SYMPOSIA PAPER Published: 01 January 1990

Acoustic Resonance Methods for Measuring Dynamic Elastic Modulus of Adhesive Bonds


An investigation is made into acoustic resonance methods for measuring the dynamic elastic modulus of the adhesive layer in a bonded metal-to-metal joint. Empirical studies have indicated that this parameter may be used to infer the cohesive strength of the bond; in theory, an accurate measurement of two or more resonant frequencies should give both the elastic modulus and thickness of the adhesive layer. Verifying the accuracy of the technique was greatly hampered by the strong dependence of elastic properties in the adhesive on the test frequency.

The resonant frequencies of aluminum-to-aluminum adhesive joints were determined by both contact and immersion acoustic resonance techniques; receptance analysis was then used to determine the elastic modulus. Results were consistent with those achieved by time-of-flight measurements on bulk adhesive specimens. Based on these tests, inherent limitations of the Fokker Mark II Bondtester for assessing the cohesive strength of a bond were explored.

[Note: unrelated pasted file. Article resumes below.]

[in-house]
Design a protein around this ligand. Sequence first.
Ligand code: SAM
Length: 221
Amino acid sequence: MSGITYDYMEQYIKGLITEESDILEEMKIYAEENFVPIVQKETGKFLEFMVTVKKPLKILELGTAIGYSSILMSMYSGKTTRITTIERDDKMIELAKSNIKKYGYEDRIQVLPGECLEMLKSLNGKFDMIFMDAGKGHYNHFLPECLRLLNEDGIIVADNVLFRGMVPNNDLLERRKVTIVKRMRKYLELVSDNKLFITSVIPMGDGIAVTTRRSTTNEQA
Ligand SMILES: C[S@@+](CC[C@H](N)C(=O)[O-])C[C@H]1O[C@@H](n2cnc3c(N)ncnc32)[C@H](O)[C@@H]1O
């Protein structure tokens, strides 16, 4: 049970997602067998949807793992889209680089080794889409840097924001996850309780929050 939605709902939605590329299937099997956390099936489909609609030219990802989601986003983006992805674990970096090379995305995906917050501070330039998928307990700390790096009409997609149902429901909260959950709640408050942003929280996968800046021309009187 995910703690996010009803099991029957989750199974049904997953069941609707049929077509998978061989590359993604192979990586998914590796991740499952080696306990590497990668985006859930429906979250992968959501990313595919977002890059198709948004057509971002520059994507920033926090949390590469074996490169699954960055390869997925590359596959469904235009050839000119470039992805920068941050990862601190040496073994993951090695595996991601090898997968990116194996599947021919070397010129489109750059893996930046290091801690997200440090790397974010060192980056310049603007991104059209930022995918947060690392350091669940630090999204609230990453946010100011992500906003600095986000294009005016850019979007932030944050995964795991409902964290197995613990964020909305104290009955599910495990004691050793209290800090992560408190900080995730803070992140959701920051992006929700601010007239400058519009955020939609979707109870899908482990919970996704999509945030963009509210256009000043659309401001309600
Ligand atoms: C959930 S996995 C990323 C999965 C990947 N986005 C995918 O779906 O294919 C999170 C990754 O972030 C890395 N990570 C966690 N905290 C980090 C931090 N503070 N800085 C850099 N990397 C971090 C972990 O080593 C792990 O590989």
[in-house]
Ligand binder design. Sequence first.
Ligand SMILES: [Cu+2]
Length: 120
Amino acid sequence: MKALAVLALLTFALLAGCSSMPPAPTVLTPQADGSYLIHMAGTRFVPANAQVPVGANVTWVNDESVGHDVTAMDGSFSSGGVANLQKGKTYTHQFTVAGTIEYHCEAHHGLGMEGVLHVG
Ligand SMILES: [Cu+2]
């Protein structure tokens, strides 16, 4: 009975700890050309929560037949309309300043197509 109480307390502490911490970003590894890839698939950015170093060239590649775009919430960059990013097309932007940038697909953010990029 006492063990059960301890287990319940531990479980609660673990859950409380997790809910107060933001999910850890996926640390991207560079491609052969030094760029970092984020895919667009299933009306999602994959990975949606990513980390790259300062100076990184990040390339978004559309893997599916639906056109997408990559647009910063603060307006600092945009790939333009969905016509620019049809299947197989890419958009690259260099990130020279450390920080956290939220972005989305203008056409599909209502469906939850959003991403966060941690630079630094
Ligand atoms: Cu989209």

Author Information

Sinclair, AN
Dickstein, PA
Spelt, JK
Segal, E
Segal, Y
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Developed by Committee: E28
Pages: 162–179
DOI: 10.1520/STP24623S
ISBN-EB: 978-0-8031-5111-6
ISBN-13: 978-0-8031-1291-9